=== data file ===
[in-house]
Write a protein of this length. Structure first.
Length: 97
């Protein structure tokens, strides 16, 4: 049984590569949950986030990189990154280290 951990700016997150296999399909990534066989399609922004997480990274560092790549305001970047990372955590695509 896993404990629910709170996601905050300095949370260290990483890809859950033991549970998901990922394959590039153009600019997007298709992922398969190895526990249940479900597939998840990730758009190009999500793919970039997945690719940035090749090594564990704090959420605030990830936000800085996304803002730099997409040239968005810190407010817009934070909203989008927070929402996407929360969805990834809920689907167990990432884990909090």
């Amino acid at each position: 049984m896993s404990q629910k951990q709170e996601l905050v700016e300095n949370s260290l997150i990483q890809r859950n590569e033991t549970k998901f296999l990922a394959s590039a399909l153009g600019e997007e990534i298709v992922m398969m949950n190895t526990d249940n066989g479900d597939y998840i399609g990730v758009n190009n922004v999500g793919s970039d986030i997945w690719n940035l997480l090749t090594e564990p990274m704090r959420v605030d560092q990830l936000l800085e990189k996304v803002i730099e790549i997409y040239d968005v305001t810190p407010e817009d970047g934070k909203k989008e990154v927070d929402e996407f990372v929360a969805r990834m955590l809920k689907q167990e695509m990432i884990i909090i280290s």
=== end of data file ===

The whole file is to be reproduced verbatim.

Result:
[in-house]
Write a protein of this length. Structure first.
Length: 97
């Protein structure tokens, strides 16, 4: 049984590569949950986030990189990154280290 951990700016997150296999399909990534066989399609922004997480990274560092790549305001970047990372955590695509 896993404990629910709170996601905050300095949370260290990483890809859950033991549970998901990922394959590039153009600019997007298709992922398969190895526990249940479900597939998840990730758009190009999500793919970039997945690719940035090749090594564990704090959420605030990830936000800085996304803002730099997409040239968005810190407010817009934070909203989008927070929402996407929360969805990834809920689907167990990432884990909090």
């Amino acid at each position: 049984m896993s404990q629910k951990q709170e996601l905050v700016e300095n949370s260290l997150i990483q890809r859950n590569e033991t549970k998901f296999l990922a394959s590039a399909l153009g600019e997007e990534i298709v992922m398969m949950n190895t526990d249940n066989g479900d597939y998840i399609g990730v758009n190009n922004v999500g793919s970039d986030i997945w690719n940035l997480l090749t090594e564990p990274m704090r959420v605030d560092q990830l936000l800085e990189k996304v803002i730099e790549i997409y040239d968005v305001t810190p407010e817009d970047g934070k909203k989008e990154v927070d929402e996407f990372v929360a969805r990834m955590l809920k689907q167990e695509m990432i884990i909090i280290s």